I’d never been to Grandad Barney’s farm, even when he was alive. He’d grown bananas in the middle of woop woop, at a place in north Queensland.

‘Look, Dad! That sign says Mission Beach. We’re nearly there!’

We’d been driving for two days, travelling nearly 1,600 kilometres from Brisbane, and it felt like we were almost at the tip of Australia. I thought Dad would be happy we were getting close, but his face was growing darker with every passing kilometre.

Flynn and his dad travel to Flynn’s grandfather’s banana farm to prepare it for sale. Flynn has never met his grandfather, never been to his farm. No one will tell him why. Mum, left behind in Brisbane, asks Flynn to go easy on Dad. Flynn’s dad seems to get angrier every day, and no matter how many times Flynn asks, he won’t say why. This is cassowary country and their trip begins with a close encounter with a very tall cassowary. Flynn meets Abby, whose grandfather runs the local cassowary shelter. Day by day, he learns more about these endangered giant birds, his grandfather, and his father. But nothing comes easily. It’s hot and steamy and Flynn is about to explode with frustration.

Book Cover:  Mister CassowaryMister Cassowary is a junior novel set in tropical north Queensland. The title refers to the name of a particularly large cassowary that is legendary around Mission Beach. Flynn struggles to reconnect with his father, who works away at a mine and only comes home now and then. Travelling to the home where his father grew up seems to make things worse, rather than better. Dad is taciturn and full of rules that Flynn doesn’t understand. He doesn’t want Flynn to explore and he won’t tell him why. No matter what Flynn does, it seems to be wrong. But gradually, with the help (and hindrance) of Abby and her grandfather, and despite Dad’s silence, Flynn begins to fill in the spaces in his family history. ‘Mr Cassowary’ explores notions of family and conservation. Recommended for mid-primary readers.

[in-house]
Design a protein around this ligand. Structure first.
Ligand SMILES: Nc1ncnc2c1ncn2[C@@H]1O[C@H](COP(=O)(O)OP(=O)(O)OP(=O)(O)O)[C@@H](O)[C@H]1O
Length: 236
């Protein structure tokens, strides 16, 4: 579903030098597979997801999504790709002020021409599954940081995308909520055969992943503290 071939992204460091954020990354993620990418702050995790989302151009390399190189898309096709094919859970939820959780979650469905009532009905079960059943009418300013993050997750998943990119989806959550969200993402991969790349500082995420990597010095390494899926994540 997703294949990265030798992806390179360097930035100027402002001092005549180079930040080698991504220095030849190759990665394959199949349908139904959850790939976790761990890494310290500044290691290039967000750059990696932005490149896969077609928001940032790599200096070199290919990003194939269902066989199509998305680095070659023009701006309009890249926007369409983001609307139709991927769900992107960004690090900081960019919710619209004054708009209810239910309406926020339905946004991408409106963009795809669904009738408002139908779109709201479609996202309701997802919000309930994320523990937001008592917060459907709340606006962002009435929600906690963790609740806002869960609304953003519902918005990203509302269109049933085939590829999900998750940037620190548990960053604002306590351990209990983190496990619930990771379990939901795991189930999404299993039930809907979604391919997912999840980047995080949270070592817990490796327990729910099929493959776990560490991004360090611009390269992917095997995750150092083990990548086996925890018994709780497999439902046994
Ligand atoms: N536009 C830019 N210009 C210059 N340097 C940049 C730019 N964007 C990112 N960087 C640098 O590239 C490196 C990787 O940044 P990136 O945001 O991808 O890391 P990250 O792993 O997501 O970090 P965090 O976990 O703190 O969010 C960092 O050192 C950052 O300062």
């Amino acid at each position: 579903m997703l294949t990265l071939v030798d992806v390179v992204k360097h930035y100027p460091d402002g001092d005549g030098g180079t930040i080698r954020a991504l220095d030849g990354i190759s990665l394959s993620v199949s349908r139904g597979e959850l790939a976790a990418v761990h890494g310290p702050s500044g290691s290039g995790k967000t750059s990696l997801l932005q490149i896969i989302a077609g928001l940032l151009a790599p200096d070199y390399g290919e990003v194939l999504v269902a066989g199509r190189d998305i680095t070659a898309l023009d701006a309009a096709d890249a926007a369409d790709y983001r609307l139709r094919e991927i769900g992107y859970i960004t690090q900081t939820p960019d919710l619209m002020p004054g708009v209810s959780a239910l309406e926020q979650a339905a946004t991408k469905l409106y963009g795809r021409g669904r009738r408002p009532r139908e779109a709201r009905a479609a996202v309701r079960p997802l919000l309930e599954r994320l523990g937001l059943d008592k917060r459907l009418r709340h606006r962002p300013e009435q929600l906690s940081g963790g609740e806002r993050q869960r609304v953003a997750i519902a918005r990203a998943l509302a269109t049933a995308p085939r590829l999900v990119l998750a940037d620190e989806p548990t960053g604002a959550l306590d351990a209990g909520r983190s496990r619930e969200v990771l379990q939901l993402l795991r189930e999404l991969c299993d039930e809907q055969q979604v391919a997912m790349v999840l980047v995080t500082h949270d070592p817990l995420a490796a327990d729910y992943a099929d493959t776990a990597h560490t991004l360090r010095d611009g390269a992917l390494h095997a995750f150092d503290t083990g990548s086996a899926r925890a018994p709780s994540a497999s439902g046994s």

Mister Cassowary, Samantha Wheeler
UQP 2015 ISBN: 9780702253881

review by Claire Saxby, Children’s author and bookseller

Intruder, by Christine Bongers

Maybe it was the creak of a worn floorboard that woke me. Or the subtle shift in air pressure as another body invaded my space. I struggled up out of a dream, confused and disoriented, squinting into the darkness.
‘Dad?’ The shadows coalesced into a human form, close enough to touch. ‘Is that you?’
‘Is he here?’ the strange voice – a man’s voice – struck my heart like a hammer.

When Kat awakes to an intruder in her bedroom, she screams, and her neighbour comes running to her aid. But Edwina, the neighbour, is almost as unwelcome in Kat’s life as the prowler, having betrayed Kat’s dying mother in the last days of her life. Now it seems Edwina is going to become a part of her life again, whether Kat likes it or not.